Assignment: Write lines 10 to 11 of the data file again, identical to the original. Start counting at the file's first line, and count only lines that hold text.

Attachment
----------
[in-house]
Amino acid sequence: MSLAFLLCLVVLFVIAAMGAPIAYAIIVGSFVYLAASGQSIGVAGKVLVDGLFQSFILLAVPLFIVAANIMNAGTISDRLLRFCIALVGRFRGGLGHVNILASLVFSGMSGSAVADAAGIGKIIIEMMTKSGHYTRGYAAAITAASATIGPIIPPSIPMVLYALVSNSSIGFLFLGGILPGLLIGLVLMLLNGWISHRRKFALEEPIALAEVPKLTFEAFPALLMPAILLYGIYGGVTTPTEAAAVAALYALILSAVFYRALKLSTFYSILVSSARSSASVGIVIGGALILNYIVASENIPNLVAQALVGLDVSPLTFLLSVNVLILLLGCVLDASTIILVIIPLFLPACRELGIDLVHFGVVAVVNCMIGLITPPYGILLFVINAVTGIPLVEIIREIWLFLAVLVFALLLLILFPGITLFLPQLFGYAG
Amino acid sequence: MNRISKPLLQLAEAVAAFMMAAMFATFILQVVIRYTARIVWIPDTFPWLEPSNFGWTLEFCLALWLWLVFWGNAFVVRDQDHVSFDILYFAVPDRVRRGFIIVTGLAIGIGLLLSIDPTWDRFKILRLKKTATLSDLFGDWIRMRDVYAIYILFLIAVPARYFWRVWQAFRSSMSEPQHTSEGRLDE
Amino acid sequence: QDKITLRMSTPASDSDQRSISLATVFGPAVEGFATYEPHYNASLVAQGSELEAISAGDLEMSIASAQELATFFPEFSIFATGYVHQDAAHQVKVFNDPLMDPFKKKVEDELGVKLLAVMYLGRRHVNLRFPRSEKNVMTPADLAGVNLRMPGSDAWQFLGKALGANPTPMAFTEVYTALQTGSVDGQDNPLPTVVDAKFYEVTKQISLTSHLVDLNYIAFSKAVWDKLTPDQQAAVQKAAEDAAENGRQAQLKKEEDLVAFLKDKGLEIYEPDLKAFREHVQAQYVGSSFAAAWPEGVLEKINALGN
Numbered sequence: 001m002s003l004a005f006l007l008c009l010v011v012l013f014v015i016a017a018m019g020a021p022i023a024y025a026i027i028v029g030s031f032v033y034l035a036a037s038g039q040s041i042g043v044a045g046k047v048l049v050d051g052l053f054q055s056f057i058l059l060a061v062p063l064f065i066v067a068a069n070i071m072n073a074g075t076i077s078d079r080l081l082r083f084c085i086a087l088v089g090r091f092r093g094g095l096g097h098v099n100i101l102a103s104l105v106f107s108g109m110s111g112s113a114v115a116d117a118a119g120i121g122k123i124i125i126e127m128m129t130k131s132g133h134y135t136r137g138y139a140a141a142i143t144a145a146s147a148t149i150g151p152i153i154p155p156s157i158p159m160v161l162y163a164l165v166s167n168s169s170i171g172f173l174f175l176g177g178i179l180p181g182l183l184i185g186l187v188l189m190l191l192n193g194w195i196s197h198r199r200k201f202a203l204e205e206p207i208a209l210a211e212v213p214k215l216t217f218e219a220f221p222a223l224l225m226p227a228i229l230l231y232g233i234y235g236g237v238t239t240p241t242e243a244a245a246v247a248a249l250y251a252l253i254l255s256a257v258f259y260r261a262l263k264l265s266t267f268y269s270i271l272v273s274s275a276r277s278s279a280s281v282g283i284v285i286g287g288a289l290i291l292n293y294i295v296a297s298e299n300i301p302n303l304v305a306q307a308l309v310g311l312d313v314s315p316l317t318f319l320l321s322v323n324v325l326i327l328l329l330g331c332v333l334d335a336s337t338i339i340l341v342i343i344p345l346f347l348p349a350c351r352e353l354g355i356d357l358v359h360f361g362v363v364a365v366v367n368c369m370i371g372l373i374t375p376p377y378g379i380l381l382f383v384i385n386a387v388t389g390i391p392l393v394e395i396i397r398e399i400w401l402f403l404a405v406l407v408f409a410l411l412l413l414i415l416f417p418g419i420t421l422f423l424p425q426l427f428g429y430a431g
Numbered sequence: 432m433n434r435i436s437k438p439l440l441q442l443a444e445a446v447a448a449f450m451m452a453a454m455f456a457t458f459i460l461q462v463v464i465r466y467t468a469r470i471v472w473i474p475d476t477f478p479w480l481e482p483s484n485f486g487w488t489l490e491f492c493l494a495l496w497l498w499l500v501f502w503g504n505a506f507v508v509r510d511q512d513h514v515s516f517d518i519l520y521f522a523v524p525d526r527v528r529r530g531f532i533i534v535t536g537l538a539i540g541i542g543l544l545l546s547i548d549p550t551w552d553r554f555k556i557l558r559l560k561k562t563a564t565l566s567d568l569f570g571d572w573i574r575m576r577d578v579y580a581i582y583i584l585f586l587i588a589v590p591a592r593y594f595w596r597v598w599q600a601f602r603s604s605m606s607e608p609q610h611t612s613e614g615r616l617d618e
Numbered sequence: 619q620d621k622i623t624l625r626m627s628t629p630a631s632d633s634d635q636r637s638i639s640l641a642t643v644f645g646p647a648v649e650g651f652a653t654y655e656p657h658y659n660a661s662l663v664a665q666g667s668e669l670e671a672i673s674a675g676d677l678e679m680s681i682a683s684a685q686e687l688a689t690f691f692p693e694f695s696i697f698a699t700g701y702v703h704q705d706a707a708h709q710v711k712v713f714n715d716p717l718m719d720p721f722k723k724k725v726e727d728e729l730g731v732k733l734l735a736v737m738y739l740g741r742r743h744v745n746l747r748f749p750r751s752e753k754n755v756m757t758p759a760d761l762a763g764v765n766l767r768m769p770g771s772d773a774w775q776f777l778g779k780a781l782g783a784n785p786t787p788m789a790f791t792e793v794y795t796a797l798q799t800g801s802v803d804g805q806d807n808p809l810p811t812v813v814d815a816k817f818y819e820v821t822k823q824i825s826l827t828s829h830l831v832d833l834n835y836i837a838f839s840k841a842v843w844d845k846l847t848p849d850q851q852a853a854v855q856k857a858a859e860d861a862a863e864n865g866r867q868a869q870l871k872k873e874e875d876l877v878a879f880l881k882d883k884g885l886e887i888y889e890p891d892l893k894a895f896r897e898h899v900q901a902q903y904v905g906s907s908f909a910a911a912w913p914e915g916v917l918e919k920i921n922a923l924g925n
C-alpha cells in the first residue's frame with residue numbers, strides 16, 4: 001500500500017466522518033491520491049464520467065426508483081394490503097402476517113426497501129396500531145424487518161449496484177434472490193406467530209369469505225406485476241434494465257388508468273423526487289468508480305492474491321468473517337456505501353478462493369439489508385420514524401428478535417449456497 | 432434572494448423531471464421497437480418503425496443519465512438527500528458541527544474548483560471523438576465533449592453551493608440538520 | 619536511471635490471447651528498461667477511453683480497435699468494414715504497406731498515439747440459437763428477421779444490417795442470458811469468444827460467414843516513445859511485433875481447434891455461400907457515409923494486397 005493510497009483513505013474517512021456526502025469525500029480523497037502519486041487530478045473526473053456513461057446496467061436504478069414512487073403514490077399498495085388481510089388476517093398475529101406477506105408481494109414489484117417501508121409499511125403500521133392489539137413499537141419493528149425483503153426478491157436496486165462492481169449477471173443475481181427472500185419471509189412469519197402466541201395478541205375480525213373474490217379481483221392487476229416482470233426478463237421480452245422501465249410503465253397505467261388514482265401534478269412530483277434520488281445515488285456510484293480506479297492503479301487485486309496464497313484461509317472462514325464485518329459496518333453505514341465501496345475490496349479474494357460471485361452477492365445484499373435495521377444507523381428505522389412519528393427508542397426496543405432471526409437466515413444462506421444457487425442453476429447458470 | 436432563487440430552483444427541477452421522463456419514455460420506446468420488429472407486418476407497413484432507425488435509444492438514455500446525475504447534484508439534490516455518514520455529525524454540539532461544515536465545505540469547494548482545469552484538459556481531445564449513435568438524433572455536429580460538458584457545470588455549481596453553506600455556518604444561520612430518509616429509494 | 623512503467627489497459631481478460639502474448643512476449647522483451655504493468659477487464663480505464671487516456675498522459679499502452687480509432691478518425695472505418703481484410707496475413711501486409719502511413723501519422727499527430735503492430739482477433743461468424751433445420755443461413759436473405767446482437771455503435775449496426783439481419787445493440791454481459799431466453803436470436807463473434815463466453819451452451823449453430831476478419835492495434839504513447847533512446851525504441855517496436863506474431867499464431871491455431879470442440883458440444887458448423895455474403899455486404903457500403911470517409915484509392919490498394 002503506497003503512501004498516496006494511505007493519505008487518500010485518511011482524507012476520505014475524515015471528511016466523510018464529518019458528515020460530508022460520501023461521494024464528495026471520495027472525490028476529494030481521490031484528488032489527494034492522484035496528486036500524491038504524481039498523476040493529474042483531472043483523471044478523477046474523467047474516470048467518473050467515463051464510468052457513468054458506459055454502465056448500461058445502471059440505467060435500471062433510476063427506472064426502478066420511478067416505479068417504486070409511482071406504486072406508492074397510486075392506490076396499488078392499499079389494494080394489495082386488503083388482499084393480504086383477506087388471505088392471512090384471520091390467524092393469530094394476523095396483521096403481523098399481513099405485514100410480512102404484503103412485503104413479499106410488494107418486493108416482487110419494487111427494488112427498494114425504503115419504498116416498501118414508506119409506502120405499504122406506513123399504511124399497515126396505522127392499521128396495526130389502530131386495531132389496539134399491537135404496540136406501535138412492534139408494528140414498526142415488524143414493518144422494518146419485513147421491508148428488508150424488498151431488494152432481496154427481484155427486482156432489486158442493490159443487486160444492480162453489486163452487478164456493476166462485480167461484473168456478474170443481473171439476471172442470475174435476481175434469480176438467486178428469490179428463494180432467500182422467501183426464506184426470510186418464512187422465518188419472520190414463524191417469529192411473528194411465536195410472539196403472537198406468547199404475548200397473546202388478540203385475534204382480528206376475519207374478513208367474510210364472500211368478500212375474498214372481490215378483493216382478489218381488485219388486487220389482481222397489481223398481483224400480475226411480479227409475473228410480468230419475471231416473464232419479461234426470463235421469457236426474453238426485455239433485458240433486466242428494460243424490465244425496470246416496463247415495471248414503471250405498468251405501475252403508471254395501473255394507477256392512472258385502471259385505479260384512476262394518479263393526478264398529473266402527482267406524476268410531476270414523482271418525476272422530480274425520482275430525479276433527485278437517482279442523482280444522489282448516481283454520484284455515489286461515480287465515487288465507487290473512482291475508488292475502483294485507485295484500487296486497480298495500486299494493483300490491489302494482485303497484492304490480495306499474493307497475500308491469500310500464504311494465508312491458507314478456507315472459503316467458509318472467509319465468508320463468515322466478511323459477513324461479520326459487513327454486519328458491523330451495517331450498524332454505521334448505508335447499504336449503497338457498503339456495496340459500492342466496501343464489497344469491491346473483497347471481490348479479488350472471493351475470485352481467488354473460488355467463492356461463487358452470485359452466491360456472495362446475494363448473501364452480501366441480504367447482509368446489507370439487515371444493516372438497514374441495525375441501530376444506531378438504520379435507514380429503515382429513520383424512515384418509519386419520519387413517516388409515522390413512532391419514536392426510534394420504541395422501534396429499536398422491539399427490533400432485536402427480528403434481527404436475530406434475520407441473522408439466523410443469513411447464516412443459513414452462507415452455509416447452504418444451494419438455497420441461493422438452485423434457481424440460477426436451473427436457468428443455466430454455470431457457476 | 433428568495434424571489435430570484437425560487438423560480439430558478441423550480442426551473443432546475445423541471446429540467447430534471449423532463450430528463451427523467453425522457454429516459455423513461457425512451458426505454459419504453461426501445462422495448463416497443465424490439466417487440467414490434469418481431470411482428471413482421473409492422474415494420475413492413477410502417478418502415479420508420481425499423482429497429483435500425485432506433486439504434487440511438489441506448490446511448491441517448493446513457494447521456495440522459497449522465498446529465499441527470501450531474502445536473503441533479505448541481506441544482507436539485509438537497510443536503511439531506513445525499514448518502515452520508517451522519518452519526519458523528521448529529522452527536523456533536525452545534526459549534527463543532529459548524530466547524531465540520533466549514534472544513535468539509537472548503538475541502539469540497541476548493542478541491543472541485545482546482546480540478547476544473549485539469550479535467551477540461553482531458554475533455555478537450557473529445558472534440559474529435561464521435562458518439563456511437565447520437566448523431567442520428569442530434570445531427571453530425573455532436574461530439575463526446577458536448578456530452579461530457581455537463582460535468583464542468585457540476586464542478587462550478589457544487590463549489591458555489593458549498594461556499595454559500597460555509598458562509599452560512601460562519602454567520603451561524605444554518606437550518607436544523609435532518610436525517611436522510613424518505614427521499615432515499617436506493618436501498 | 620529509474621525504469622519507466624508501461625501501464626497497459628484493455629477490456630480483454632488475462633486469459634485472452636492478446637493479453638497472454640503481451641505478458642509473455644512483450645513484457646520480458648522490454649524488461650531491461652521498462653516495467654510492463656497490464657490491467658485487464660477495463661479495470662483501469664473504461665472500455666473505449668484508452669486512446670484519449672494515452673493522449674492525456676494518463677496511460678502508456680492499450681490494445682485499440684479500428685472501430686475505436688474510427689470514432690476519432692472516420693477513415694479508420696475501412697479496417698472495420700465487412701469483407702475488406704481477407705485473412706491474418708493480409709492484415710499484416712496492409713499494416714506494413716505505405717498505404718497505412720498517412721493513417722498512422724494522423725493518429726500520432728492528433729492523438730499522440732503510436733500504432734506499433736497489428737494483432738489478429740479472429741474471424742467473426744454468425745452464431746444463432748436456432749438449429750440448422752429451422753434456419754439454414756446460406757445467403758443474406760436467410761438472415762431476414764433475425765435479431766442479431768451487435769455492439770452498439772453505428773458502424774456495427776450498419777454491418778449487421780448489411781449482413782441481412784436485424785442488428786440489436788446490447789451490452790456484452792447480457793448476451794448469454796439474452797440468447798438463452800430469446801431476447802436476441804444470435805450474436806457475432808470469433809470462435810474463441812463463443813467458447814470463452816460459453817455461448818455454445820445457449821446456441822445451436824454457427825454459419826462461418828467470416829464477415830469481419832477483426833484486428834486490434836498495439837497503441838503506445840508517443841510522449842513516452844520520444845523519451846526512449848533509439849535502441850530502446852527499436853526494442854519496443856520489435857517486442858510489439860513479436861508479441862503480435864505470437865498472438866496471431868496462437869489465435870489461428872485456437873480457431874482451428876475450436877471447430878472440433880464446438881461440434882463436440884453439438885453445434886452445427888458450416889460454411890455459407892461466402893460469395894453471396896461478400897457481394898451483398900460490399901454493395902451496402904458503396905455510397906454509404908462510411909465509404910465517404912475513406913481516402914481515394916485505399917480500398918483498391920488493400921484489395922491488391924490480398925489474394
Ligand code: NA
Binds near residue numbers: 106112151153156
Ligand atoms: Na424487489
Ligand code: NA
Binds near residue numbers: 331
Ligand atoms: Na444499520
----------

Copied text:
Binds near residue numbers: 106112151153156
Ligand atoms: Na424487489